I'm surprised how few miles we drive our truck, which is good because it drinks gas. I'm also surprised how often it hauls things about. It would seem that work-trucks have three categories:
  • Small four-cylinder haulers for dump runs or moving stuff from house to barn or field. Often I see older 2WD  trucks in this role, since compacts are scarce on the late-model market. These trucks won't tow much.
  • Larger contractor or used trucks like The Bull or my Chevy. They are great for lots of purposes, including light towing. The 8' bed on many of them makes hauling lumber, gravel, or firewood a reasonable chore.
  • The big dogs, often full-sized diesels of the "one ton" category. These can tow a big tractor or haul lots of gear in the bed or on a trailer.
I don't include any ideas about trucks for commuting. In fact, I think that to be a great waste of money. Buy a car. The older rural folk I knew scoffed at the idea of trucks for "going to town," partly because when they came of age, all trucks rode like The Bull.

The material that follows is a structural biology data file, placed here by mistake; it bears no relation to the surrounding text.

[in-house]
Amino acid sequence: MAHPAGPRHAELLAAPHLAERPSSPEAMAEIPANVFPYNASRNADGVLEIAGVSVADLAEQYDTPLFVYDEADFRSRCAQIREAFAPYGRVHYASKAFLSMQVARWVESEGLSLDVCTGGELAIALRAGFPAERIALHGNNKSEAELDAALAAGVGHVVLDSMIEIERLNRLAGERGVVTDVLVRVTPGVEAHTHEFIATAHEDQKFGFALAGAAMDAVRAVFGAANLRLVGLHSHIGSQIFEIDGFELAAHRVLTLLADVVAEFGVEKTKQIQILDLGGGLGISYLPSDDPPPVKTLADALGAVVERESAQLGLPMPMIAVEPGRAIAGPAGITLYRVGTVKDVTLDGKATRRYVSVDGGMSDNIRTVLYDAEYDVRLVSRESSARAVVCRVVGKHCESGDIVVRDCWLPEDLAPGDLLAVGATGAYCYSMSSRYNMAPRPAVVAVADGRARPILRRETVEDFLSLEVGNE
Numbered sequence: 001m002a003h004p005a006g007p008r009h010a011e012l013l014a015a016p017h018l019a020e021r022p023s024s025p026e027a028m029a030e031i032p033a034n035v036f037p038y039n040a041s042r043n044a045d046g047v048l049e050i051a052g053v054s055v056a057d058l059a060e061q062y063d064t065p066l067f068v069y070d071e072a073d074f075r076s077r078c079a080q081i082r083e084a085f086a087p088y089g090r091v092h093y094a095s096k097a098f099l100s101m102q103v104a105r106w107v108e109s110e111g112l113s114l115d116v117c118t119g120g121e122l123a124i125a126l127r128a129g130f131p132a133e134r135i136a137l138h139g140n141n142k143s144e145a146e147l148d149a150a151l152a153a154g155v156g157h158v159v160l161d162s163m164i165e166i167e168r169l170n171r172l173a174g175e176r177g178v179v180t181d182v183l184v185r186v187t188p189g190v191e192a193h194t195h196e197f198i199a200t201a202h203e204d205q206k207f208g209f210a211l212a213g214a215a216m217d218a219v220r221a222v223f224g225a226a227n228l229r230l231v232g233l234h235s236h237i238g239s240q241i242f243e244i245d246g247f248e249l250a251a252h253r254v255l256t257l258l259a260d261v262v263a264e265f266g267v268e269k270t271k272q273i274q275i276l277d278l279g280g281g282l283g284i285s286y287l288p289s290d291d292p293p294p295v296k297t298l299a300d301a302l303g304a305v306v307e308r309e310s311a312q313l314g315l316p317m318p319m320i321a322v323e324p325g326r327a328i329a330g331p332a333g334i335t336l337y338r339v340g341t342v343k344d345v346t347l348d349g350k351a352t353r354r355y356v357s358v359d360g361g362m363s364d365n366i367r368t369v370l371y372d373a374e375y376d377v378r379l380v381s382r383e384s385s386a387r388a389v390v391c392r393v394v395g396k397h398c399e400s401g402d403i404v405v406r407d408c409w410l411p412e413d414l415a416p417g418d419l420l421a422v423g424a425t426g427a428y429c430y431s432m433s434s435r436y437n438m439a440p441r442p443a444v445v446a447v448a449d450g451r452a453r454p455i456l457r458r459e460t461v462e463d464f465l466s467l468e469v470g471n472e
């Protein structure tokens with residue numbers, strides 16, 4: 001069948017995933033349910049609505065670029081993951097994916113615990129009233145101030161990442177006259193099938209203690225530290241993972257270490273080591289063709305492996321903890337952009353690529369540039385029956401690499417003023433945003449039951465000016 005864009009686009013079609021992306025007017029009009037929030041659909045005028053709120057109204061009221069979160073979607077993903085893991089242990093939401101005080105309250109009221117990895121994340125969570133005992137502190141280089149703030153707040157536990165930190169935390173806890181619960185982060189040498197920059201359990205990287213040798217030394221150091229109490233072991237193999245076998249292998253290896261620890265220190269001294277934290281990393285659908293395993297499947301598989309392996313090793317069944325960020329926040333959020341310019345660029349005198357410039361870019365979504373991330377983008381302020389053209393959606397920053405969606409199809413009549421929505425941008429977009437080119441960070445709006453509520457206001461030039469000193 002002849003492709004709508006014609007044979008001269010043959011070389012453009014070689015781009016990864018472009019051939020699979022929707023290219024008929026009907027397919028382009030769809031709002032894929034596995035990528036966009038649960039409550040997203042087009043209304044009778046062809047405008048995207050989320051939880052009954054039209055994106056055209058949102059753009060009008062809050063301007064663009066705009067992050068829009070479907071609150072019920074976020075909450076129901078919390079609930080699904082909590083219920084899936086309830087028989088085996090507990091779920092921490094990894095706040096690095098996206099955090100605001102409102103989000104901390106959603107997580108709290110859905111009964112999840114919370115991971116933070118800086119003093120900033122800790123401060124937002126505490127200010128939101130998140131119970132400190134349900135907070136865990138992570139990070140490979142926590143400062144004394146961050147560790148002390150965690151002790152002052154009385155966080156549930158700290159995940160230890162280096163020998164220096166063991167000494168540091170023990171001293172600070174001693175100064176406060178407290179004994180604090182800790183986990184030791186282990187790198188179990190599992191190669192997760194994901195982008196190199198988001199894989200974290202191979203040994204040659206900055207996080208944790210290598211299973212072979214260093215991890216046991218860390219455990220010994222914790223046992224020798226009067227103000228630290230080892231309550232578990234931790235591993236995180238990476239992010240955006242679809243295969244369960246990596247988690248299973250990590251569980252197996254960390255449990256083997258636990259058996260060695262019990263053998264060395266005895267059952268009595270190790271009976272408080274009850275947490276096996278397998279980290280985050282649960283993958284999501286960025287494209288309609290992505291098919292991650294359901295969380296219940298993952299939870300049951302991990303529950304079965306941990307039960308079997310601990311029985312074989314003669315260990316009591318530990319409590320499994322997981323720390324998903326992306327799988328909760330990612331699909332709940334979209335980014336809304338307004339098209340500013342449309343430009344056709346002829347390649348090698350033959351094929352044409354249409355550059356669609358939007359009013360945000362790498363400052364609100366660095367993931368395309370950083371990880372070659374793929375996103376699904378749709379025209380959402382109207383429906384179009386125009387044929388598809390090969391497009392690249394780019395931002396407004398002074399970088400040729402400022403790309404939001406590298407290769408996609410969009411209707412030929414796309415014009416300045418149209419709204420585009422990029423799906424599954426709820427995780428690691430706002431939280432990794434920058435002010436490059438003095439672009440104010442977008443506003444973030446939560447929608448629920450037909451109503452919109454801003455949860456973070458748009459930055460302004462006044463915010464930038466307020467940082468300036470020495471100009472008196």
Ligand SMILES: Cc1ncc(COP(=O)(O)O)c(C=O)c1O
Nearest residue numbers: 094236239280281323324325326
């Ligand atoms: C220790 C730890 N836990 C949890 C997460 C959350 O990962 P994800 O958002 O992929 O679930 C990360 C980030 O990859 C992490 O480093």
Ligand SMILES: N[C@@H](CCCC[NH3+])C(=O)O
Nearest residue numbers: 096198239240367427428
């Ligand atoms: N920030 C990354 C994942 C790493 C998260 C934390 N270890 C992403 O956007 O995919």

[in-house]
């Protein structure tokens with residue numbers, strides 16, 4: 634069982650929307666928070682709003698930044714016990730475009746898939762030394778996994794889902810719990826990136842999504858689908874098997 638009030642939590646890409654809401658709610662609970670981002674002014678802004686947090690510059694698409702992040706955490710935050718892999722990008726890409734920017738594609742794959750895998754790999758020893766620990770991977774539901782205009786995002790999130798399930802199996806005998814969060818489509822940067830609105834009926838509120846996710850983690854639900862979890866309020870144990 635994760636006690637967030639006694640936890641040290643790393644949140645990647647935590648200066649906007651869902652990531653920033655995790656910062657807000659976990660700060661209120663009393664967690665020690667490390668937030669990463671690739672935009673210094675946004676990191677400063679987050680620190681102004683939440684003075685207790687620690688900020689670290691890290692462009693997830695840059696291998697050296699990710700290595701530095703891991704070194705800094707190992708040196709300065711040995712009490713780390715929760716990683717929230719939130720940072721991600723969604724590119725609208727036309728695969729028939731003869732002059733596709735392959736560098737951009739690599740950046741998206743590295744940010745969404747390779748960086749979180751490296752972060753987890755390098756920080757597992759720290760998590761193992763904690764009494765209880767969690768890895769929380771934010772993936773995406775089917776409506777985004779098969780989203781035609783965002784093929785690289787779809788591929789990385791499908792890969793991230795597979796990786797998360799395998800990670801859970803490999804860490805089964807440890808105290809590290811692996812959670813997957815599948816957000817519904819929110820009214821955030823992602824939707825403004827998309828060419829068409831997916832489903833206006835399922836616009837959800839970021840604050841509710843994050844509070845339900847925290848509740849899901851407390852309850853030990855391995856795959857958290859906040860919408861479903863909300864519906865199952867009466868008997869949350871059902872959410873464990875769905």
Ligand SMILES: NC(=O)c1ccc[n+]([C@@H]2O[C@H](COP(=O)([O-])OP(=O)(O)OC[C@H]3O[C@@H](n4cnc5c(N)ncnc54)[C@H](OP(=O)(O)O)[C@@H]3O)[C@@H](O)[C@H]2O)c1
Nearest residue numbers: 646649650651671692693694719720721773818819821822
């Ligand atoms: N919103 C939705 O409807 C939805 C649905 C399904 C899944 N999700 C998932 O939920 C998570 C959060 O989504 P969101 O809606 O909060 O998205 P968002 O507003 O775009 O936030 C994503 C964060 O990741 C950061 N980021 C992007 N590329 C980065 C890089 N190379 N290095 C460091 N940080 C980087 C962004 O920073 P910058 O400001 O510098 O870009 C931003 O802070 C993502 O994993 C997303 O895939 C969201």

I suspect that many new homesteaders would love to go straight to the big dog, since it could do anything, but we decided against that sort of expense ($40,000 plus). We do occasionally move farm equipment, but we found that for $100-$200, the guys who service the tractors (when I can't) will transport them.

In time, I'll find the perfect truck. It would be something like the diesel Hilux Toyotas I see in England, or my dream Jeep pickup, like the J12 concept they rolled out last year. . . maybe one day, and used, given my budget and propensity for punishing my trucks. I don't want to put in the first scratch.

Before buying a truck, my wife and I made a list of what we absolutely needed. It ran: